The Documentary Film Rendez-Vous With Maurice Chevalier Shows The Legendary Frenchman Traveling To America To Star In His First Hollywood Film And Singing “Louise,” Which Would Become A Jazz Standard
French artist Maurice Chevalier (1888-1972), a legend of stage and screen, was an accomplished singer, actor and entertainer, who embodied the charm of his native Paris throughout a decades-long career that brought him fame in Europe and America and left for show business history a vast repertoire of masterful classic songs and captivating film performances. The legendary Maurice Chevalier is known as “the man in the straw boater.” A whimsical chanteur, star of the musical stage, actor and funny man who was “beloved of the ladies”, he was the very epitome of Parisian charm in the eyes of the world, as famous as the Eiffel Tower.
Fifty years after he left us on January 1, 1972, the extraordinary story of a boy from Paris’ working-class Ménilmontant district at the end of the 19th century making it to Hollywood’s red carpet deserves to be revived. The main objective of this film, produced by ARTE and Éclectic Production and directed by Cyril Leuthy, is to breathe life back into the dignity and hidden depths of a somewhat remote, mythical figure.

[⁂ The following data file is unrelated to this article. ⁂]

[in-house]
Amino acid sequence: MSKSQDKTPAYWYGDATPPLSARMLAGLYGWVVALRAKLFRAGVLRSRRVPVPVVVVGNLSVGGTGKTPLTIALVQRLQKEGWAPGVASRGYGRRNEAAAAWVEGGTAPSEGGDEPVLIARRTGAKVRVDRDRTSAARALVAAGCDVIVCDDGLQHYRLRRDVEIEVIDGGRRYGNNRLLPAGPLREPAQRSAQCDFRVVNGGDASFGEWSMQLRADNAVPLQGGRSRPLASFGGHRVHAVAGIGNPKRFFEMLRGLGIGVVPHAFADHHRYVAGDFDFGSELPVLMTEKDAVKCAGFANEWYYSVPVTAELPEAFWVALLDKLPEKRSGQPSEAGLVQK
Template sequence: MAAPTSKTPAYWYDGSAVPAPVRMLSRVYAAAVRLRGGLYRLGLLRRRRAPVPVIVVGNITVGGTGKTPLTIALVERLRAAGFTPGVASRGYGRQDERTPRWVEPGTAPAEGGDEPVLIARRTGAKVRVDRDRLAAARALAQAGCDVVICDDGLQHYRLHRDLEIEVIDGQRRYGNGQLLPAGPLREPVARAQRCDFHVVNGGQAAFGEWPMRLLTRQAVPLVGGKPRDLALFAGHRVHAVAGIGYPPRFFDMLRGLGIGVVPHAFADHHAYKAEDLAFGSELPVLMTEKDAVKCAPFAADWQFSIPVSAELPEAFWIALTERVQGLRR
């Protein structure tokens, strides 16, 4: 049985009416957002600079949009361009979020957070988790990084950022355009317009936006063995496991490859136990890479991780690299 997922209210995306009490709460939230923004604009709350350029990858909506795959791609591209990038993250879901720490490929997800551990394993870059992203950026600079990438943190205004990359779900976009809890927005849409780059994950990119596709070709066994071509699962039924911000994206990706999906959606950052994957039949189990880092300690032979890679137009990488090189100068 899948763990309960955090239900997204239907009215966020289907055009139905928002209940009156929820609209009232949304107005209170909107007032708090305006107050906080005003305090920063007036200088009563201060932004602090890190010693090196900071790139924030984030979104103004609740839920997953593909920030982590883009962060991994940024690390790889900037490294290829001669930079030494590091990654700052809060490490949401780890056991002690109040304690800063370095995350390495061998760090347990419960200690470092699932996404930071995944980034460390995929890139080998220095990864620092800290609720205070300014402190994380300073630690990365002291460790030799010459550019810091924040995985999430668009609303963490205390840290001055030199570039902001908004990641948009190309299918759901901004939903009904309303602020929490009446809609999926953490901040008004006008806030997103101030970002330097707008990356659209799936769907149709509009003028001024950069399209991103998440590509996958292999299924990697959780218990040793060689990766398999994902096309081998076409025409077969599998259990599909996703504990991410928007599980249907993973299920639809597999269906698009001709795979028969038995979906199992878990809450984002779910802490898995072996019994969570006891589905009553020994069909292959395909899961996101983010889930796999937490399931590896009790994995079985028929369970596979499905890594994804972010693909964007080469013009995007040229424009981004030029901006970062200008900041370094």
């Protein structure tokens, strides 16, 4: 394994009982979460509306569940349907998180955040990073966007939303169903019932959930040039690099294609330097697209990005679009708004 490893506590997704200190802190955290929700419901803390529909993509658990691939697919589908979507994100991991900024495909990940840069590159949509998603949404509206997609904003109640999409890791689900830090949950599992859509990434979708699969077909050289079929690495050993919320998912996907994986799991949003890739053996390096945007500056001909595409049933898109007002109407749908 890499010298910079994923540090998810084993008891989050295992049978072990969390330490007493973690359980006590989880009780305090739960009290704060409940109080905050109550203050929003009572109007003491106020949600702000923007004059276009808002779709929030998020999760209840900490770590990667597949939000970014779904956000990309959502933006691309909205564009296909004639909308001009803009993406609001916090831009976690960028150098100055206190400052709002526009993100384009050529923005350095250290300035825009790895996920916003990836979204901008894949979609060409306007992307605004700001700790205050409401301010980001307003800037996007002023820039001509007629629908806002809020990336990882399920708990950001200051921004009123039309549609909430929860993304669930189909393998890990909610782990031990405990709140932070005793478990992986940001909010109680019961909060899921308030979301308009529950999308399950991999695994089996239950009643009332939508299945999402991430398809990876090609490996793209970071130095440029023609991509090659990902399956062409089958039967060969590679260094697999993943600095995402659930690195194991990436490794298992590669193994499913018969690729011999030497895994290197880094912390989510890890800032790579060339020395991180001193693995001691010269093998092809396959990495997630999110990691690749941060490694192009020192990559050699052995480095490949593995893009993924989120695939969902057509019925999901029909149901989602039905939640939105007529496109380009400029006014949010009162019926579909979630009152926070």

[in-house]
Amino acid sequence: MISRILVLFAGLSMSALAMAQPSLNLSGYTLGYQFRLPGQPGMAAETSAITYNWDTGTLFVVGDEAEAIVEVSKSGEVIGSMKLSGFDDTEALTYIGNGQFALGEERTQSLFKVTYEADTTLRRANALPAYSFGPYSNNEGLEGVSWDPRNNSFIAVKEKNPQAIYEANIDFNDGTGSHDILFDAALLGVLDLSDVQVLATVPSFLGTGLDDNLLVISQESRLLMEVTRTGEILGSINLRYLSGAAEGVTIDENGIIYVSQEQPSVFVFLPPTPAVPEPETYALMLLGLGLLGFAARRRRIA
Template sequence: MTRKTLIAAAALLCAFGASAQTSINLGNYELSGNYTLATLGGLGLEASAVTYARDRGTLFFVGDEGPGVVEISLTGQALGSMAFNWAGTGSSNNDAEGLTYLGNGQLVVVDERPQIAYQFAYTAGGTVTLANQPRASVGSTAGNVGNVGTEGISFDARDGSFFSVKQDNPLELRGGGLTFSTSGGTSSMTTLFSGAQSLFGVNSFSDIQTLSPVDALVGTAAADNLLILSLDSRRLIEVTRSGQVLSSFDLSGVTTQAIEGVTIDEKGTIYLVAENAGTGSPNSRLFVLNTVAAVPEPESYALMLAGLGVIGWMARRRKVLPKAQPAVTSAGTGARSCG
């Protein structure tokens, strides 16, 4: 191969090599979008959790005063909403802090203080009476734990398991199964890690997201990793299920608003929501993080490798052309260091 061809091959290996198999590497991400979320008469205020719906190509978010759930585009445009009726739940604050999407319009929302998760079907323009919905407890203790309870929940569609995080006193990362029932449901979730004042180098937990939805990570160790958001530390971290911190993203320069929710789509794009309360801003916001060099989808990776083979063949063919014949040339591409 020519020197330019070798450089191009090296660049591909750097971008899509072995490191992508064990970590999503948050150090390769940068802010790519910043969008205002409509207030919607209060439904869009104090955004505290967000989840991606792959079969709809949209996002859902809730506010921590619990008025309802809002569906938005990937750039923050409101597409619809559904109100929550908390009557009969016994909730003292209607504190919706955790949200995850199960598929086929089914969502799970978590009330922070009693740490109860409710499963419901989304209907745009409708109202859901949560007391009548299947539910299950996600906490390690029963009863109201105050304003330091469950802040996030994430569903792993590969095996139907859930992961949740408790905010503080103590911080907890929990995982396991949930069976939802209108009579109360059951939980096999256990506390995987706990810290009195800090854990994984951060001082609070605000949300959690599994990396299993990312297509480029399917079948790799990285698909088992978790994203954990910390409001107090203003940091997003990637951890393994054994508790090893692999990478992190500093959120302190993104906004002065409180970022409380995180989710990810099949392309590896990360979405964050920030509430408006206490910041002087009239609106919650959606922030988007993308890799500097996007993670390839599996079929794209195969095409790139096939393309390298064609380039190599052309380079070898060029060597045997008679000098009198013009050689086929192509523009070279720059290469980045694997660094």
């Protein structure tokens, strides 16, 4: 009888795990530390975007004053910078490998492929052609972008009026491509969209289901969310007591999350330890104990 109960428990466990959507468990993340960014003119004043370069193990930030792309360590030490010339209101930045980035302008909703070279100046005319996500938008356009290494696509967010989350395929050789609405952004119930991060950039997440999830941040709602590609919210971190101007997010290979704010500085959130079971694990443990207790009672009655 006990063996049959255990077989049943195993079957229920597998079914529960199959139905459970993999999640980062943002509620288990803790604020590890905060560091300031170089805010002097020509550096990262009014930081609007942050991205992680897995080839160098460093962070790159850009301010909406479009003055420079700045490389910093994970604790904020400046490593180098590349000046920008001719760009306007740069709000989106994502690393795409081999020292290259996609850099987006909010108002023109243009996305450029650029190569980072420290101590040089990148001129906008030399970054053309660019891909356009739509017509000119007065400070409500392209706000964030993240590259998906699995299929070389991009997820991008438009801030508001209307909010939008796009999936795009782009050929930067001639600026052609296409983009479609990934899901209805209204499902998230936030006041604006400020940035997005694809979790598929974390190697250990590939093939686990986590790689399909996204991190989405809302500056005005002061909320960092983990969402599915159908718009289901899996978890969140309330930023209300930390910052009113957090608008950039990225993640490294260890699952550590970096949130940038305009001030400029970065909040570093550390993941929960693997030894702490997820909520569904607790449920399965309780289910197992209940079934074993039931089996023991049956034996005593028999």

The film is made in the image of his eternal smile — lively, cheerful, brimming with colour and cartoon wit. It is in Ménilmontant, with its street-art vibe, that the enduring relevance of his heritage is refreshed: “my will live on as a vote of encouragement for kids living in poverty. It shows that they don’t have to let themselves be paralysed by their inferiority complex, that they can get ahead without being afraid, that all they need is courage, common sense and to show willing.” Thanks to his expansive memoirs (Mémoires), it is Chevalier himself who tells part of his story, how he started out aged only 12 on meeting the legendary French actress and singer, Mistinguett, living through two world wars.
Drawing on an indulgent repertoire of 500 titles, the film is like a sumptuous and joyful orchestration: there are enduring songs like “Louise” “Valentine,” “Prosper,” “Dans la vie faut pas s’en faire,” and also tunes that transport the spectator back to the Belle Époque, the great music hall revues of the Roaring Twenties or the bewitching early musicals of Lubitsch. When talkies arrived, he went to Hollywood in 1928, where he played his first American role in Innocents of Paris. The documentary film Rendez-vous with Maurice Chevalier shows the legendary Frenchman traveling to America to star in his first hollywood film and singing “Louise”, which would become a jazz standard.